Family care networks - the future of primary care?

General practice is at the forefront of the NHS. As well as being the first port of call for patients, it's at the sharp end of the financial and service challenges facing the service as a whole. Rachael Addicott, Senior Research Fellow at The King's Fund, explains how 'family care networks' – with GP surgeries at their heart – could be an alternative model for the future.

Why do we need a new approach?

'Primary care must change to meet the needs of an ageing population and an increasing number of people with long-term conditions. Add to this the financial pressure facing the service, reflected in a decline in the proportion of the NHS budget going into general practice, and it’s clear we are facing a burning platform.

'We've been looking at four groups of GP surgeries across England that are rising to these challenges by working in larger federations or networks in partnership with other services in the community. However, during our work it became  clear that the way that general practice is currently funded – and the complex technicalities of the different ways GPs contract for services – can be stifling, is often poorly understood and does not support the innovation that is needed to address the critical position we are in.'

What are 'family care networks'?

'We propose that GPs play a key role in leading what we've called 'family care networks'. GP practices would be at the centre of these networks, working together at scale in federations, to provide a wide range of services outside hospitals including out-of-hours care. GPs are in a unique position to take on this role, as they hold a list of registered patients with a record of their medical history, enabling them to proactively manage the health of their patients.'

How would these networks operate?

'This new approach would see large networks or federations of GPs take control of a population-based capitated contract. There would be a greater focus on GPs as providers – so delivering a broader range of services themselves – alongside taking 'make or buy' decisions about other services for the patients on their registered list.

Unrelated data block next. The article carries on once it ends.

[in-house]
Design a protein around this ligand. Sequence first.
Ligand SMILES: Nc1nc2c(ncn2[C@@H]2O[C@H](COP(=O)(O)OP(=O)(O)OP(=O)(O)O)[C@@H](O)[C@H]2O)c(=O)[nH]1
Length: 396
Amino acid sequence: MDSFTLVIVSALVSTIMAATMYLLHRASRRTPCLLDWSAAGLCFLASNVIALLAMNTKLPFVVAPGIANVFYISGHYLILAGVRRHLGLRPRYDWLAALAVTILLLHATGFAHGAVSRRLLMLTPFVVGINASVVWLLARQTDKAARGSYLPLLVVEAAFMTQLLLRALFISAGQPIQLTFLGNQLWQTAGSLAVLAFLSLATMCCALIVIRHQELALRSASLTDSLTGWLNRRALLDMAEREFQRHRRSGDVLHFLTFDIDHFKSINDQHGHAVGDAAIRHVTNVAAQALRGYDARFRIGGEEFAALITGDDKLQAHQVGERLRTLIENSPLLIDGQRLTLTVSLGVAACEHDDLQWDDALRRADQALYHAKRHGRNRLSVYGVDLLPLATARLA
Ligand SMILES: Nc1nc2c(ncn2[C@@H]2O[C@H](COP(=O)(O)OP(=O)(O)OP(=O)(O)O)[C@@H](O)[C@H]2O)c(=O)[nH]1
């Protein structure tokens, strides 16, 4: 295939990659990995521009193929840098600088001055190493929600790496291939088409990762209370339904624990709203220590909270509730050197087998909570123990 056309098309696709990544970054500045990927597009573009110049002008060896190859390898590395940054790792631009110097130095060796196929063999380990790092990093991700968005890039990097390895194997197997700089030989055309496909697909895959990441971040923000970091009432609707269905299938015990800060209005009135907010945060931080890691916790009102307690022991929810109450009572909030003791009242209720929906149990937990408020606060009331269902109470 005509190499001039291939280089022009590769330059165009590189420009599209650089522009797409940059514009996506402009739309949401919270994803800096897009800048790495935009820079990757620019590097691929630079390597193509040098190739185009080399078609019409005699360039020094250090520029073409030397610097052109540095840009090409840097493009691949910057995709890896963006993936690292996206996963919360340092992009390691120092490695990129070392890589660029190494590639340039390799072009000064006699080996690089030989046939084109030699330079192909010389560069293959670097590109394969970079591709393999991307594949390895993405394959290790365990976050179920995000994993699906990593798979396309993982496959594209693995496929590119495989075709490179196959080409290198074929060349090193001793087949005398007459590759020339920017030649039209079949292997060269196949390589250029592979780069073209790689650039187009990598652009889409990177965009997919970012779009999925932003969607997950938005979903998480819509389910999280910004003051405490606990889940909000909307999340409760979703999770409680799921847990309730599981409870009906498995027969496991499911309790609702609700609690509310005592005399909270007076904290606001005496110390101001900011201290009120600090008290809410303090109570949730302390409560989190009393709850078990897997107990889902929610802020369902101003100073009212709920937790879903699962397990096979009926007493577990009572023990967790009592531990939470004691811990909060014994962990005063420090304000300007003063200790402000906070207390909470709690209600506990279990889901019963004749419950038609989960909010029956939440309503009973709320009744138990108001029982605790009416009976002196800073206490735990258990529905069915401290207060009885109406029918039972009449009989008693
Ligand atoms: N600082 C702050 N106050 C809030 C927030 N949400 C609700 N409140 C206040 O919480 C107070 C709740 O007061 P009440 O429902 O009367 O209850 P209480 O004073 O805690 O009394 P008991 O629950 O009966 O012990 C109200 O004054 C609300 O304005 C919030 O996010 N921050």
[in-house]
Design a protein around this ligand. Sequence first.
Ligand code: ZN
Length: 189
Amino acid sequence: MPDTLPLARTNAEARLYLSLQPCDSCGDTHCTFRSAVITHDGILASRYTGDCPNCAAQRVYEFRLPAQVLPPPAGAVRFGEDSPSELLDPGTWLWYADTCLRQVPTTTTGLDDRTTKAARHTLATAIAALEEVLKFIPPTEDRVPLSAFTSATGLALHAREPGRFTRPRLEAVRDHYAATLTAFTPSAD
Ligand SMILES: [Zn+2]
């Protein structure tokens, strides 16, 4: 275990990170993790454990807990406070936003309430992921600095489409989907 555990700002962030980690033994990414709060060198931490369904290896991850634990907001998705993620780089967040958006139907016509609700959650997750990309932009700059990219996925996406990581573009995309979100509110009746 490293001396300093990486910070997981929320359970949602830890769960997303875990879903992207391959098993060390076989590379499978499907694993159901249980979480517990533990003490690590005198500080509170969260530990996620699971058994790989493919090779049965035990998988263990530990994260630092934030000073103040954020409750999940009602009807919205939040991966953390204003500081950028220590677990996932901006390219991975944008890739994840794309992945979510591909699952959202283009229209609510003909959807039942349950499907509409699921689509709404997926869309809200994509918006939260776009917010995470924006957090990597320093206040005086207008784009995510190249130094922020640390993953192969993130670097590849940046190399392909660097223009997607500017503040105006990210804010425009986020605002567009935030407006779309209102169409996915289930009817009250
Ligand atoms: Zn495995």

'This would mean that funding for primary medical care would be incorporated with funding for other services (except highly-specialised care), all covered by a single contract, so simplifying the current fragmented income and contract structure.

'This approach could be a powerful means for both delivering a broader and co-ordinated range of services at a local level, and reversing the decline in the proportion of the NHS budget that is allocated to general practice.'

Should all GP practices should take on a population-based capitated contract?

'Becoming part of a family care network and holding a capitated contract should be entirely voluntary and optional for GPs. We know, from experience, both here and in the United States, that radical changes like these can fail if clinicians don't have the will, capacity or skills to manage a contract like this. This model should be taken up only where practices and federations have the capabilities and the ambition to take it forward.'

The report includes four case studies which describe innovative models of primary care. What was common among them?

'The case study sites were selected from different parts of the country but all had their use of contractual mechanisms to support collaboration and stimulate improvements in the delivery of care to their local populations in common.

'They all had different ambitions, whether that was to improve care for their frail elderly population, work more closely with colleagues in A&E, or deliver more preventive care. A key feature across all sites was that these goals had led local GP leaders to establish federations or other types of networks, to enable them to operate on a bigger scale.'

What next?

'We see this paper as an opportunity to kick-start a conversation about new models of care, and the fundamental changes to funding and contracting that are needed to make it a reality. We've deliberately not set out a blueprint for doing this, which risks further stifling innovation; now is the time to get all options on the table.

'We have tested these ideas with GP leaders and other stakeholders and our suggested approach has resonated with many. However, not everyone agrees with our suggested approach and we encourage further discussion on these issues. This debate creates a once-in-a-generation opportunity to provide the freedoms needed to empower innovative GPs and their colleagues so that they can be at the forefront of changes in primary care that have long been called for.'